Guangzhou’s plans for the high-speed railway network it will administer throughout the Greater Bay Area are starting to make better sense. Announced a few days ago, it has taken some time for local media outlets to get their heads around what it all means. But this much is becoming clear: like Rome and ox-carts 2,000 years ago, all tracks are going to lead to Guangzhou, and the provincial capital is going to become first among equals in the region. But unlike Rome, this is going to take a decade, not a century, to happen.
The plan has four basic components, all of which will be completed by 2030, five years ahead of the completion of the Greater Bay Area masterplan.
First, the city’s railway network will spread its tentacles east and west. On its east side, it will extend the current Guangzhou-Shenzhen-Hong Kong high-speed railway further north, so that it runs through the city center and onwards up to the airport (currently the line stops at Guangzhou South). Moreover, as reported yesterday, Guangzhou will build another, faster line, with trains running at 600km/h, along this side of the Bay.
One the city’s western side, meanwhile, Guangzhou will build another high-speed railway line starting from the heart of the CBD, in the Tianhe District, running through Zhongshan and Zhuhai, down to Hengqin, which connects to Macau’s Cotai district. This is in addition to the existing 160km/h Intercity Railway that terminates at Zhuhai’s Gongbei border crossing with the older part of Macau, which is about to be extended out to Hengqin.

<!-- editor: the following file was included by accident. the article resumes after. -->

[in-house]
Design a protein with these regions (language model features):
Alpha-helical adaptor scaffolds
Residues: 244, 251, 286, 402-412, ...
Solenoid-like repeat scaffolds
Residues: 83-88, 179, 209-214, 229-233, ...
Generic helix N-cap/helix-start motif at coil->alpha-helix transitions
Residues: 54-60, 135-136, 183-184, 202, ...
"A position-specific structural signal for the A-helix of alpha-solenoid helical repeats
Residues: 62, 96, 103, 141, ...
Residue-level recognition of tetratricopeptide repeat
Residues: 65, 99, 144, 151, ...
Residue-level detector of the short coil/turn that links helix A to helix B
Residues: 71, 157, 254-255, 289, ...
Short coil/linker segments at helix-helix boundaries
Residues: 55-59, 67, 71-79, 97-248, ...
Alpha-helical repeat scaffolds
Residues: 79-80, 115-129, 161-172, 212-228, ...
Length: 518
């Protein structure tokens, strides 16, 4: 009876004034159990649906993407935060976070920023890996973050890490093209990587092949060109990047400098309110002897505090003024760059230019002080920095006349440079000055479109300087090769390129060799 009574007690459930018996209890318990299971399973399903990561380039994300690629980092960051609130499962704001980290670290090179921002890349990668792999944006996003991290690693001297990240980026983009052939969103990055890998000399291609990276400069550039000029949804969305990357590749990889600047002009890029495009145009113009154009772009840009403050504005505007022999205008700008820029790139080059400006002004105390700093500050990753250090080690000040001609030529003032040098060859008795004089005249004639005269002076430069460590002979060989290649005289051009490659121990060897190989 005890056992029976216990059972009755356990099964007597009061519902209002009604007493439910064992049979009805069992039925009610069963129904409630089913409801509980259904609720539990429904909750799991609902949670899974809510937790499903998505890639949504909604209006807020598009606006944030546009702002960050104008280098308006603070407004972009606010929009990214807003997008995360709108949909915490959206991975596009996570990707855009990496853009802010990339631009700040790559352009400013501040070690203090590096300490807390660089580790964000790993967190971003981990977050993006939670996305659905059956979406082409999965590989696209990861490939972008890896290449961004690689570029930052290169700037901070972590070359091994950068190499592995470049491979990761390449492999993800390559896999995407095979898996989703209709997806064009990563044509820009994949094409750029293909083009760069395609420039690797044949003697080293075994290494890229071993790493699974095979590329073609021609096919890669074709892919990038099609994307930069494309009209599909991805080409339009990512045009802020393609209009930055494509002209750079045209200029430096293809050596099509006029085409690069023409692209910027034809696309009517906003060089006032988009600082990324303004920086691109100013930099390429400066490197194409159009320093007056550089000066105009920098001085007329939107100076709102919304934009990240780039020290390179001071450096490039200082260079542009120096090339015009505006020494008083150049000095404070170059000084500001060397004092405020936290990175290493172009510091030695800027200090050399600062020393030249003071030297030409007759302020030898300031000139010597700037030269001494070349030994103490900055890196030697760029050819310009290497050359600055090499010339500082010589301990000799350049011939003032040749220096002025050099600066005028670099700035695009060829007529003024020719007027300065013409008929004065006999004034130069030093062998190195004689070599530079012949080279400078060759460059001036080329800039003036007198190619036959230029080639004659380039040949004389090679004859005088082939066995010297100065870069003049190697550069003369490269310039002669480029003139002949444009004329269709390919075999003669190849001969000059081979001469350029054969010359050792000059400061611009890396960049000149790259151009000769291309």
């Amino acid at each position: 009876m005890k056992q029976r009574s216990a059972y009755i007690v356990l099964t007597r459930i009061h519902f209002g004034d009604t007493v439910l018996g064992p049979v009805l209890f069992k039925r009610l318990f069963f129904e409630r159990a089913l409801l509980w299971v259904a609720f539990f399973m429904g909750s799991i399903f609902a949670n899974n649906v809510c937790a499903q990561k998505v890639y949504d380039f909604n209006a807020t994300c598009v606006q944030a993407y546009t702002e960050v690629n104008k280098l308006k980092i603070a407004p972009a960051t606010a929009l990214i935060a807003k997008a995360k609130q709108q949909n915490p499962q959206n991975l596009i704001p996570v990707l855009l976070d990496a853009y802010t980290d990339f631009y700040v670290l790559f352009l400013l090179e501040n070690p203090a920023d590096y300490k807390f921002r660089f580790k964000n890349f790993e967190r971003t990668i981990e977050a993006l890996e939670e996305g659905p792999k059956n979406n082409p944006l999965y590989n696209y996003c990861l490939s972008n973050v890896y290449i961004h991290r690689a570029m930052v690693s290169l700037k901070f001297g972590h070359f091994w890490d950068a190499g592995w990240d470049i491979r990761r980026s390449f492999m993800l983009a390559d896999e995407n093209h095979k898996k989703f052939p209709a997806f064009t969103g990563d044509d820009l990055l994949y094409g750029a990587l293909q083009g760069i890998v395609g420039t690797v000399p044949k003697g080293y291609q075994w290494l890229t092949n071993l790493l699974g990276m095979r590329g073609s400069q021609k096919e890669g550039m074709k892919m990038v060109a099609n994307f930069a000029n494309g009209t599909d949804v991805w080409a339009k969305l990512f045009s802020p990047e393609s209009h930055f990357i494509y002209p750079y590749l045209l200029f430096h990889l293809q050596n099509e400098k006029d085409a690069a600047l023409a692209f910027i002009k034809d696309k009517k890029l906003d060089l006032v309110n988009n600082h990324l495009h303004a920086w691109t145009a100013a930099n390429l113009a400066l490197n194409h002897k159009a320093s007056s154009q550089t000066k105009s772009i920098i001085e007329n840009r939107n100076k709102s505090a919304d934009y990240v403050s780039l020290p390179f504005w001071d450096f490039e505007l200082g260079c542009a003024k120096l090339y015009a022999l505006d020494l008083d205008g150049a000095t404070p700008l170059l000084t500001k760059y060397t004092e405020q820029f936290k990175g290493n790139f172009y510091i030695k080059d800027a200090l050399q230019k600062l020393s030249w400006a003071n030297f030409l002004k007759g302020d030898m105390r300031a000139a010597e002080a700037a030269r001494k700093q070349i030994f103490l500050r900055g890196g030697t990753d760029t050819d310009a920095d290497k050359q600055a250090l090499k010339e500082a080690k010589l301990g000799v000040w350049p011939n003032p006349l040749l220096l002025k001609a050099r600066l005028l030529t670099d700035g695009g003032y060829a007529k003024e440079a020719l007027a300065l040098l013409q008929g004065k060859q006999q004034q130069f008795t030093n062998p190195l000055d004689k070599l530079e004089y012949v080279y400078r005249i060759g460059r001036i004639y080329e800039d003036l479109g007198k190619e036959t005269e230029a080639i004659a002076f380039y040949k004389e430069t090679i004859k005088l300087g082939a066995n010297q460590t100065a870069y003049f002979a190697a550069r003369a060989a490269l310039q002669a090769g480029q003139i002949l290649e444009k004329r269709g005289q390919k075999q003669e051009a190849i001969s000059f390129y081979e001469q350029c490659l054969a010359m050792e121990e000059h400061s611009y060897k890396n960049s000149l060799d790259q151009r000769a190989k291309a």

Upon completion of these lines, with trains running at 360 km/h, Guangzhou’s city center will be within one hour’s journey from Hong Kong, Macau, and Shenzhen.
Second, Guangzhou will use high-speed railways to connect up its four biggest stations, which in turn connect to the rest of the country. Currently, the Guangzhou Train Station and Guangzhou East Station are situated in the city center, with Guangzhou North and Guangzhou South on the edge of the city limits, connected only by slow-moving, multiple-stop Metro trains. These stations are important hubs for high-speed trains running in every direction: to Beijing in the north; to Zhanjiang, Nanning and Guizhou in the west; to Heyuan and Shantou in the east; and to Shenzhen and Hong Kong in the south.
Third, the government will make Nansha a railway hub in its own right, by running multiple railways through the southernmost district, which is a special economic zone. It will immediately increase the frequency of the Guangzhou-Shenzhen-Hong Kong high-speed railway stops at Nansha’s Qingsheng station, and it will eventually allow passengers to reach Nansha from the Guangzhou city center, Hong Kong, Macau, and Shenzhen in just 30 minutes.
That is just the super-fast trains. Five more 160km/h Intercity Railway lines are also planned. Three will run north-south: Qinyuan to Nansha, extending to Zhongshan; Guangzhou Baiyun International Airport via Guangzhou South to Nansha, with an extension to Foshan’s city center; and from the Science City to Foshan’s Shunde via Panyu. Two will run east-west: from Huangpu to Foshan’s city center; and from the Sino-Singapore Knowledge City to Guangzhou East.
Phew. If you would like to read more in Chinese, here you go.